Reif Larsen's first novel, The Selected Works of T. S. Spivet, was a New York Times bestseller and has been translated into twenty-seven languages. A Montana Honor book, The Selected Works of T. S. Spivet was a finalist for the IndieBound Award, was short-listed for the Guardian First Book Award and the James Tait Black Memorial Prize, and is currently being released as a film in France and the United States.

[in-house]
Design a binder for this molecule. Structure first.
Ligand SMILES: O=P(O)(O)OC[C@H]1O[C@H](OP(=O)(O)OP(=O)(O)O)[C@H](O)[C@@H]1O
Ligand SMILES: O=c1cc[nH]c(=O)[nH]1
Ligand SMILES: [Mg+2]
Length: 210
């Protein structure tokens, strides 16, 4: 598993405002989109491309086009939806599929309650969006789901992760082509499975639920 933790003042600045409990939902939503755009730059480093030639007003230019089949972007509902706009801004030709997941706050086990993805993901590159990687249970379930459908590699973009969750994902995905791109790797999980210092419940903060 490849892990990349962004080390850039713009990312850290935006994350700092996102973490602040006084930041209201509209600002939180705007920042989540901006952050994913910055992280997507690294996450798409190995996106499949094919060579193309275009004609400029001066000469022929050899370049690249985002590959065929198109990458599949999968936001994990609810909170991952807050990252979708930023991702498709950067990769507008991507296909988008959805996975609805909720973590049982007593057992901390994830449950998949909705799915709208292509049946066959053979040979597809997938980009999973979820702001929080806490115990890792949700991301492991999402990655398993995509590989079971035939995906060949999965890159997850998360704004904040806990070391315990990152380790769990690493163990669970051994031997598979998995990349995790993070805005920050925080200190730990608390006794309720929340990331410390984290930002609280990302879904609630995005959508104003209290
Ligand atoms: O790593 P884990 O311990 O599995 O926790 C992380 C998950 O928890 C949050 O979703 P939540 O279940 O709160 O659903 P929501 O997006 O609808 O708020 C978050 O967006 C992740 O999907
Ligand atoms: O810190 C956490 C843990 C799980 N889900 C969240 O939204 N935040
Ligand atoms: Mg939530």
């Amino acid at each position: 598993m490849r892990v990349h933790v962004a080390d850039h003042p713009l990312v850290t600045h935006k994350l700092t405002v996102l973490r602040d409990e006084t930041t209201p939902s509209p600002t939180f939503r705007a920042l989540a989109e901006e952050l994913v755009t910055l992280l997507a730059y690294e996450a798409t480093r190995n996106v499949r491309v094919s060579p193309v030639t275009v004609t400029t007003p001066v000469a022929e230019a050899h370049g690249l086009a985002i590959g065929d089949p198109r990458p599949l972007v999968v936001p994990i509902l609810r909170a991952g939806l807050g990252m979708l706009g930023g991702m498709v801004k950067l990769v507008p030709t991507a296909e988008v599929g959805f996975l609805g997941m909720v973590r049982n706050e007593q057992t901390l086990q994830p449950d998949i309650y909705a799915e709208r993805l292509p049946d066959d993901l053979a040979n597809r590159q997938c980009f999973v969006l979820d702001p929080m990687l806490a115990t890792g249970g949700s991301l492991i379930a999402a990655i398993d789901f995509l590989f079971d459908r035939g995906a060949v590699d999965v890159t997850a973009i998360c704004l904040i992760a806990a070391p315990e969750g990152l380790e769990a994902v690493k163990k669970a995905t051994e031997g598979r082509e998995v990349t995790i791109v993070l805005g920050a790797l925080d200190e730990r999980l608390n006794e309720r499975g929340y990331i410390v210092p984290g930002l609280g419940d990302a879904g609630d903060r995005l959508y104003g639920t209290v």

The Los Angeles Times: "[B]ig, beautiful, ambitious... Radical physicist puppeteers? It takes narrative magic to pull off such a loopy combination, and luckily, Reif Larsen has it to spare. His prose is addictive and enchanting... It's a worthy endeavor that Larsen, who could apply his gorgeous prose to more comfortable literary fictions, is engaging with distant and unfamiliar cultures... the book is striving for something stronger, and Larsen's ceaselessly lovely prose is matched by his many ambitions." The Washington Post "The promise shown in [Larsen's] first novel is more than fulfilled in the grandly ambitious I AM RADAR, another masterpiece of geekhood...If Larsen's debut looked like a Donald Barthelme assemblage, this one resembles something by Thomas Pynchon...Larsen's brainy book is no ephemeral performance piece. He grapples with time-honored questions of free will, predestination, man vs. nature and the tensions between parents and children. But it's the ingenuity with which he does so, rather than the themes themselves, that elicits admiration...I AM RADAR is a dazzling performance." The New York Times Book Review: "Set aside for the moment the black baby born to white parents, the avant-garde puppeteers and the quantum physics that swirl around the whole kit and caboodle. The most interesting fact of Reif Larsen's 600-plus-page novel, I Am Radar, is that it reads lke something far more compact that its bulk might suggest. There are maps, diagrams and pictures (e.g., an elephant plummeting from a bridge, a Cambodian prisoner of the Khmer Rouge) that remind one of the visual arrangements in W.G. Sebald's novels. There there is a deeply patterened narrative that darts easily from small-bore domestic dramas to sweeping historical catastrophes with just the right fillip of silliness and levity to keep the whole text eminently approachable... I Am Radar is as easy to enjoy for its swaggering tragicomic spirit as it is to admire for its celestrial ambition." Boston Globe: "Chameleonic, ambitious, epic, fantastical, whimsical, thought-provoking, arcane, philosophical, exhaustive, and completely bonkers... It's an estimable, and completely insane idea that has all the hallmarks of a film by Michel Gondry or Jean-Pierre Jeunet, who incidentally also directed the equally dazzling movie adaptation of T.S. Spivet... Larsen's fare is unquestionably one of the more adventurous entries into the literary landscape, and his skill and flair for quirky, innovative works that cross over into the historical and the literary will always have an admiring... audience. It's a performance, that's for sure, and Larsen is a keen player." Cleveland Plain-Dealer "Larsen's is an extraordinarily lush and verdant imagination, blooming wildly on the borders of the absurd and the riotous, the surreal and the ordinary...Quite unlike any [novel] I've read in a long time. One doesn't consume it; one enters it, as part of a literary enactment...Brilliant...The effort is well-rewarded: It is both maddening and marvelous...I can't wait to see what he pulls off next." Shelf Awareness: "A story of Homeric proportions... It's a wild ride with an unconventional structure and enormous cast of unforgettable characters. Larsen's prose is straightforward and bold, full of sparkling phrases... Wise yet unpretentious, both broad and deep, I Am Radar will slake the most unquenchable thirst for storytelling and open the reader's eyes to new possibilities in fiction." The A.V. Club: "[S]prawling, epic... the result is impressive and a little bit wondrous. In a way, the reader becomes part of the story, becoming aware of the observer's affect on the observed... It's an astonishing conceit." Flavorwire: "Large, robust, even intimidating: I Am Radar is never a laborious read. Sentence to sentence, the reader will find small gems ("How intimate, to trace a person's geography") and beautiful descriptions of typically ugly places... an intelligent and engaging book." Time Out New York: "One of our most highly anticipated novels of the year, I Am Radar is an epic about Radar Radmanovic and his inexplicable link to past and present wars and sieges from the Congo to Yugoslavia...Genre-defying." Vanity Fair: "[I Am Radar] moves beyond the limits of reality." GOOP.com: "[An] ambitious and otherworldly tale." Dallas Morning News: "In the spirit of Thomas Pynchon's V. and David Mitchell's Cloud Atlas, Reif Larsen's second novel, I Am Radar, is more akin to an intellectual curiosity shop than a traditional novel. It's an achievement of the imagination, peopled by characters who bear more resemblance to ideas than human beings, set on a global stage that spans both time and place from the 1940s to the present, via Norway, Cambodia, Bosnia and New Jersey." Publishers Weekly (starred review): "Gripping... Masterly...This is a sprawling, engrossing novel about the ravages of war and the triumph of art. Larsen is an effortless magician, and his performance here is a pure delight." Library Journal (starred review): "A delightfully disorienting and immersive experience." Kirkus: "Strange things happen when Radar Radmanovic is around... If Larsen's story makes demands of its readers, it also offers plenty of rewards. Imaginative, original, nicely surreal." From the Hardcover edition.